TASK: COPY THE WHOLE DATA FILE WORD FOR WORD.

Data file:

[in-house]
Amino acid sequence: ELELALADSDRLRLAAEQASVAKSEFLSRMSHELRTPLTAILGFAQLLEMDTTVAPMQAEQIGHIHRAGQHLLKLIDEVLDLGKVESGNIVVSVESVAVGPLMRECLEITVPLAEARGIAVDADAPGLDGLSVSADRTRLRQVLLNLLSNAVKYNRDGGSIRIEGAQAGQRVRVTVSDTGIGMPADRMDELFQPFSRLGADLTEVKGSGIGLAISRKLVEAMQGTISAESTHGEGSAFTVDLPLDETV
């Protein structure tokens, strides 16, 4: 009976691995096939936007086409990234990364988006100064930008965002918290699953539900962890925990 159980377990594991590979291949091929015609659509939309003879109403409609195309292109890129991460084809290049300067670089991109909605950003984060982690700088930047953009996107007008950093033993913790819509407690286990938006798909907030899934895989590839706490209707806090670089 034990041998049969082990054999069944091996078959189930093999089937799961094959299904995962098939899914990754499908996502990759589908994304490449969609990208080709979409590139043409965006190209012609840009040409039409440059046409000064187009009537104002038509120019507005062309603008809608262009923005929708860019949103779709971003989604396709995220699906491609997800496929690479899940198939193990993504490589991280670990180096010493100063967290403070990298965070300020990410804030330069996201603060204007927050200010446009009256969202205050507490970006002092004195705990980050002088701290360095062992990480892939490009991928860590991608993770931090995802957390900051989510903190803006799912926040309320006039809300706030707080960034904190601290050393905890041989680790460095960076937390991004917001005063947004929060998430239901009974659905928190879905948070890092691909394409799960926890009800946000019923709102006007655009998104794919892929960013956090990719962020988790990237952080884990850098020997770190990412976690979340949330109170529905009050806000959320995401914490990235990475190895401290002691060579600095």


[in-house]
Amino acid sequence: ELELALADSDRLRLAAEQASVAKSEFLSRMSHELRTPLTAILGFAQLLEMDTTVAPMQAEQIGHIHRAGQHLLKLIDEVLDLGKVESGNIVVSVESVAVGPLMRECLEITVPLAEARGIAVDADAPGLDGLSVSADRTRLRQVLLNLLSNAVKYNRDGGSIRIEGAQAGQRVRVTVSDTGIGMPADRMDELFQPFSRLGADLTEVKGSGIGLAISRKLVEAMQGTISAESTHGEGSAFTVDLPLDETV
């Protein structure tokens, strides 16, 4: 009976691995096939936007086409990234990364988006100064930008965002918290699953539900962890925990 159980377990594991590979291949091929015609659509939309003879109403409609195309292109890129991460084809290049300067670089991109909605950003984060982690700088930047953009996107007008950093033993913790819509407690286990938006798909907030899934895989590839706490209707806090670089 034990041998049969082990054999069944091996078959189930093999089937799961094959299904995962098939899914990754499908996502990759589908994304490449969609990208080709979409590139043409965006190209012609840009040409039409440059046409000064187009009537104002038509120019507005062309603008809608262009923005929708860019949103779709971003989604396709995220699906491609997800496929690479899940198939193990993504490589991280670990180096010493100063967290403070990298965070300020990410804030330069996201603060204007927050200010446009009256969202205050507490970006002092004195705990980050002088701290360095062992990480892939490009991928860590991608993770931090995802957390900051989510903190803006799912926040309320006039809300706030707080960034904190601290050393905890041989680790460095960076937390991004917001005063947004929060998430239901009974659905928190879905948070890092691909394409799960926890009800946000019923709102006007655009998104794919892929960013956090990719962020988790990237952080884990850098020997770190990412976690979340949330109170529905009050806000959320995401914490990235990475190895401290002691060579600095």